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Where and why do I have to put the “template” and “typename” keywords?

This is reproduced from Stroustroup's FAQ. I've seen typename used when you don't know the type, for instance in templates, template <typename> class some_class. Why is typename used in the example below?

    template<class T> void printall(const vector<T>& v)
    {
        for (auto p = v.begin(); p!=v.end(); ++p)
            cout << *p << "\n";
    }

In C++98, we'd have to write 

    template<class T> void printall(const vector<T>& v)
    {
        for (typename vector<T>::const_iterator p = v.begin(); p!=v.end(); ++p)
            cout << *p << "\n";
    }
share|improve this question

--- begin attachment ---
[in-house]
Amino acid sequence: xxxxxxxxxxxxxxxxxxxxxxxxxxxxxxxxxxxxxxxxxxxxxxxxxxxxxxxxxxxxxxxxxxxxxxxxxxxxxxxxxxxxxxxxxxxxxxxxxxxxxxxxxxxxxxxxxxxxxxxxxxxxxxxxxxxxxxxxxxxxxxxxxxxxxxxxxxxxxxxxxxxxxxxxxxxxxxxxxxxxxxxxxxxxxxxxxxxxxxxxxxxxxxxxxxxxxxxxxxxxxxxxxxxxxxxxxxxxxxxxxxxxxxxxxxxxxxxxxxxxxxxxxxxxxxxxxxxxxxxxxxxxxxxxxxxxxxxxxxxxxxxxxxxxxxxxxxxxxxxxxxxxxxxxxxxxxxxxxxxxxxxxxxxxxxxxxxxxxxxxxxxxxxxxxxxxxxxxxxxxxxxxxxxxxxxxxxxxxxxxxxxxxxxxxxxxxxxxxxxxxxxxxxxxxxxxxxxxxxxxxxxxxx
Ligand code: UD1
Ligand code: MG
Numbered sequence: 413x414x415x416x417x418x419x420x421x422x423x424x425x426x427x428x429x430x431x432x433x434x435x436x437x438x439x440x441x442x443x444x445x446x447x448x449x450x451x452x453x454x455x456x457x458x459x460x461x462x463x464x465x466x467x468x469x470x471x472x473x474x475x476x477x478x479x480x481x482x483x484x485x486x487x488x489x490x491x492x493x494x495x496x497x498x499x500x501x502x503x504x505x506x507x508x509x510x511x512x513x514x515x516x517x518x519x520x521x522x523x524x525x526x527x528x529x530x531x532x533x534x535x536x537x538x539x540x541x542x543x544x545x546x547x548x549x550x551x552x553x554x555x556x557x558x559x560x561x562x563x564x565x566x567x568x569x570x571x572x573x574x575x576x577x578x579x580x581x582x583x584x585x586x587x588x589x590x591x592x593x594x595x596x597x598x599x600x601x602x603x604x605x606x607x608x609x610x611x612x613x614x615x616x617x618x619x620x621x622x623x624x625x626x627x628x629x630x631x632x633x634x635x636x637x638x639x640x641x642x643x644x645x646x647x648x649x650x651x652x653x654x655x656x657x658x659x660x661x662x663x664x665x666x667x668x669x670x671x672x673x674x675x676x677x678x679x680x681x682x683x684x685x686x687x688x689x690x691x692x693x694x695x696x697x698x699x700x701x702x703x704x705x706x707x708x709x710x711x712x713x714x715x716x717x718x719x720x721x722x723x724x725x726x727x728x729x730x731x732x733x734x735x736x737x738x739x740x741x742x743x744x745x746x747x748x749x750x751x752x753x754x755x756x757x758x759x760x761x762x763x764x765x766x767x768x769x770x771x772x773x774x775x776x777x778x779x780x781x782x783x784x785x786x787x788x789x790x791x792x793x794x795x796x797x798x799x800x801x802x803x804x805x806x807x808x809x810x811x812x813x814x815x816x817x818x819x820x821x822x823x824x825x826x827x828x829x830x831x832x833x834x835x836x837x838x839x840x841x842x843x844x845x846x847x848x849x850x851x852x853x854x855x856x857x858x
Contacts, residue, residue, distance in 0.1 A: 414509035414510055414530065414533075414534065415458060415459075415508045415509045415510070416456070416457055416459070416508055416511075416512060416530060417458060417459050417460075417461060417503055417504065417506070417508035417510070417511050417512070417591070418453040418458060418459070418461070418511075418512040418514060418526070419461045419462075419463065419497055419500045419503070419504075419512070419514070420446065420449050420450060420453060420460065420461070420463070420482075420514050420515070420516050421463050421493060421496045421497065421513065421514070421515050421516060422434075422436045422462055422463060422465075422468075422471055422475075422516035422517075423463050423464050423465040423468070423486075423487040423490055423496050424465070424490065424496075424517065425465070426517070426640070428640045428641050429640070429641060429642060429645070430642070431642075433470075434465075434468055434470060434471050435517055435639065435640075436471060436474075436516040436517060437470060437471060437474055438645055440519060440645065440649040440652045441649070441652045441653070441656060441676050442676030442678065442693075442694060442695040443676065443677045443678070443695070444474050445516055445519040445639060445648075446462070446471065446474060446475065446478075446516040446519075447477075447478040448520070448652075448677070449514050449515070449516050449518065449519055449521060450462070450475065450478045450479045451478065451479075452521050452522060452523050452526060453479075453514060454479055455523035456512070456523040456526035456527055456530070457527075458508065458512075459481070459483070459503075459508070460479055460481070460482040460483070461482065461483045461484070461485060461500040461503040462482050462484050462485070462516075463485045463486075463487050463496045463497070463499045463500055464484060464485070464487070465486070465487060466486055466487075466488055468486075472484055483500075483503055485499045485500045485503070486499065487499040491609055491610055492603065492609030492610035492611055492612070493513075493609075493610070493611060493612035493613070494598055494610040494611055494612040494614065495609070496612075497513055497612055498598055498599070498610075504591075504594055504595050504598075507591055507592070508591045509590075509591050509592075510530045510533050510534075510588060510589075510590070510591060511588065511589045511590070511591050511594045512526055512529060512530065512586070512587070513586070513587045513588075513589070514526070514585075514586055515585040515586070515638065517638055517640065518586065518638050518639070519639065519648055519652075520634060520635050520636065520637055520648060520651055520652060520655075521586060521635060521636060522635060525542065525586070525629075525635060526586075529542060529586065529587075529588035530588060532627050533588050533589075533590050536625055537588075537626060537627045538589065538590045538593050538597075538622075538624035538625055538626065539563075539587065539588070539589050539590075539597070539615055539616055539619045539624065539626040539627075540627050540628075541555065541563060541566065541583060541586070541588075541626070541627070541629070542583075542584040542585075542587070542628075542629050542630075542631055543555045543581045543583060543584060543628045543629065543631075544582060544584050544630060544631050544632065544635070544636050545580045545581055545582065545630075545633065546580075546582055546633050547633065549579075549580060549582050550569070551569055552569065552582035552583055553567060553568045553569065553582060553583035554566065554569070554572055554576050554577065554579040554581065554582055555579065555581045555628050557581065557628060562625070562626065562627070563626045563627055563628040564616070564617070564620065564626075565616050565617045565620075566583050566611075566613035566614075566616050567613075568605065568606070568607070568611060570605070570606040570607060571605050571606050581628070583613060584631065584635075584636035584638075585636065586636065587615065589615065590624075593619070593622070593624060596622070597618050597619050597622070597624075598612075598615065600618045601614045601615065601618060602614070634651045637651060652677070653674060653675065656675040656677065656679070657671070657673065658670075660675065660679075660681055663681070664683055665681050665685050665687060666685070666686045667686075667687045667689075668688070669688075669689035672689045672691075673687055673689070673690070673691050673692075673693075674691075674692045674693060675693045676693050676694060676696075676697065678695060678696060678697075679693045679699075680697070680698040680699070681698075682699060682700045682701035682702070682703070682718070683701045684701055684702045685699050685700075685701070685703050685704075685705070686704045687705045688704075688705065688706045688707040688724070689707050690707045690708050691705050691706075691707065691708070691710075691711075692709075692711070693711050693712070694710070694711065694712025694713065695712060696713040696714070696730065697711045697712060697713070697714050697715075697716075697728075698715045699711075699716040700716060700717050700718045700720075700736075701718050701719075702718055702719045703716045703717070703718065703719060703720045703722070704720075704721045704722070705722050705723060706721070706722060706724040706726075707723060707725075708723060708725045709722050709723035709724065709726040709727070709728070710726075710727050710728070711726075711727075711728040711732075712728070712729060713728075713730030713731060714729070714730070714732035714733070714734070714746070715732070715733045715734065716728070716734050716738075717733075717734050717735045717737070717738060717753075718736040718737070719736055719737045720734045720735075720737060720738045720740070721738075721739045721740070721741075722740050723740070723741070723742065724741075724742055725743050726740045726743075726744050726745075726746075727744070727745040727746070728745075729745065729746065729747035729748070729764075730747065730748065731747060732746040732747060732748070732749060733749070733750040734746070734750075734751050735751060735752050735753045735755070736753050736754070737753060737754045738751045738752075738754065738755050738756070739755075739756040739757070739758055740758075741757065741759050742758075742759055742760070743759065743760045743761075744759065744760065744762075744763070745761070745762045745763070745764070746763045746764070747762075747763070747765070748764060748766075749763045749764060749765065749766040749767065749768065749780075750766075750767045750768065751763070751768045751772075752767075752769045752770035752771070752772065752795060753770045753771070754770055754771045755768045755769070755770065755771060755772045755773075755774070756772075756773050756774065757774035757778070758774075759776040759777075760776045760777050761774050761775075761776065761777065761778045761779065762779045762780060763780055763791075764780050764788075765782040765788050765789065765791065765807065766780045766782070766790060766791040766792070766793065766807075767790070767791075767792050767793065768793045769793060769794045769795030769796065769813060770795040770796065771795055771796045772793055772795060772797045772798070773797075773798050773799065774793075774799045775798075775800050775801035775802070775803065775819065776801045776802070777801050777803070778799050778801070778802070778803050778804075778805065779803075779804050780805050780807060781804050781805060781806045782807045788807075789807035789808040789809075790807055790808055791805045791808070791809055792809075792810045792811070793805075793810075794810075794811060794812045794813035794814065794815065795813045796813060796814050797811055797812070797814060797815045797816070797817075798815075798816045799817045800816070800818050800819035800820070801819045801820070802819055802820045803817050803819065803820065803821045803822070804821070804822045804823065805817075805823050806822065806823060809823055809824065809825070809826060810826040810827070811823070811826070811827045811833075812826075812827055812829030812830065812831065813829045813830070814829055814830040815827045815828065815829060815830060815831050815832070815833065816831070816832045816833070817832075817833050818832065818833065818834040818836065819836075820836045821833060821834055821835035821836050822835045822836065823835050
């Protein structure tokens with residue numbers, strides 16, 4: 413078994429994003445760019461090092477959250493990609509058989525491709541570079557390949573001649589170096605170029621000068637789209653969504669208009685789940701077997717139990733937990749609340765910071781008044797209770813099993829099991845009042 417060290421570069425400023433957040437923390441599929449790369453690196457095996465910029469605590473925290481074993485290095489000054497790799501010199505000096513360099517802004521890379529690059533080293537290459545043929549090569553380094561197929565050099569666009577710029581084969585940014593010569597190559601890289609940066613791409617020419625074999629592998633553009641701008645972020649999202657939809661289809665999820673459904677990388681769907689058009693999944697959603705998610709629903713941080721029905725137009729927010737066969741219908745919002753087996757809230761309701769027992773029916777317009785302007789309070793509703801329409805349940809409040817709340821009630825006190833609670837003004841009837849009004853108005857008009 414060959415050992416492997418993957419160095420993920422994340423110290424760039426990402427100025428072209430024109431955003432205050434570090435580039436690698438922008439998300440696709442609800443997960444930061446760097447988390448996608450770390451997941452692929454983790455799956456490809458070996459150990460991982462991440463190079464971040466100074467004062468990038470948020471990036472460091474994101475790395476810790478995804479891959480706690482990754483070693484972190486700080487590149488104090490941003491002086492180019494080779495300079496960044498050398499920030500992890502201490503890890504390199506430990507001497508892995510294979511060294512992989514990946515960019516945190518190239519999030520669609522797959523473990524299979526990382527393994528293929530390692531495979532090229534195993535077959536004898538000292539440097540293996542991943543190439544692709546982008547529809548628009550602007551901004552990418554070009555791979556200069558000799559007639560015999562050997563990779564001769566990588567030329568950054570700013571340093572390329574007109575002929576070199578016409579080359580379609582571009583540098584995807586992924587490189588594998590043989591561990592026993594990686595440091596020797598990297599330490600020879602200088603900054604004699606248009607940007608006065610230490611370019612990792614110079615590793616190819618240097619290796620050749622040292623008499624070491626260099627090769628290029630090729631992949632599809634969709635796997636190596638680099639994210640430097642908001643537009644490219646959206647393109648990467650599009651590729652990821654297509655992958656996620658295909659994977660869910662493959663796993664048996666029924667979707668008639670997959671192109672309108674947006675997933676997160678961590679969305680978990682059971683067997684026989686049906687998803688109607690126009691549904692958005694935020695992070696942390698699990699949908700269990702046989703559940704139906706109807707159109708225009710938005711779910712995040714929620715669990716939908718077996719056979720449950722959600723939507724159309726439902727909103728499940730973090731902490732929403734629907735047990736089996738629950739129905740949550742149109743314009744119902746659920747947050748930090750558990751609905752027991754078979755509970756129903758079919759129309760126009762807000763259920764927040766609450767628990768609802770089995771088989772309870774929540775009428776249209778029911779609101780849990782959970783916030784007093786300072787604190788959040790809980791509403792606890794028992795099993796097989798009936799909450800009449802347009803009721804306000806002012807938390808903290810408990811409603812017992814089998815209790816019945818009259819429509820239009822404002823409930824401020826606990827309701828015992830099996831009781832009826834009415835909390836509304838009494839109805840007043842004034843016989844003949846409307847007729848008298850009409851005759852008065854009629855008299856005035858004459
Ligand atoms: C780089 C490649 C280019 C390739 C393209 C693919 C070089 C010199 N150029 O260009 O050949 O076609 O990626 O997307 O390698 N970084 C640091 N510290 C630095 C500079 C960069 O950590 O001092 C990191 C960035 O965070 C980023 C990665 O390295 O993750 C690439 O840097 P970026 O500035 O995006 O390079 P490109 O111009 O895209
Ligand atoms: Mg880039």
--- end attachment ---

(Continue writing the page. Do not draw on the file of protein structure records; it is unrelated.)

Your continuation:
marked as duplicate by Mike Seymour, Prasoon Saurav, Matteo Italia, Karoly Horvath, BЈовић Feb 27 '12 at 19:16

This question has been asked before and already has an answer. If those answers do not fully address your question, please ask a new question.

Your example is exactly the typical example. Since vector<T> is used with a templated parameter T we have to tell the compiler that ::const_iterator is a type. This is there to help the compiler to know that for any T the vector<T> type has a type named const_iterator.

share|improve this answer
    
So the iterator depends upon not only the container type but what it holds..that is an iterator for vector<int> is different than an iterator for vector<float>? – user656925 Feb 27 '12 at 19:12
    
vector<float> is completely specified so the compiler can just use it like any other type at that point. – Johan Lundberg Feb 27 '12 at 19:14
    
@GuyMontag - compiler cannot know that vector<T>::const_iterator is a type at all. It could be a method or a static data member, and the compiler won't know until it creates a concrete type from the vector template. – Robᵩ Feb 27 '12 at 19:18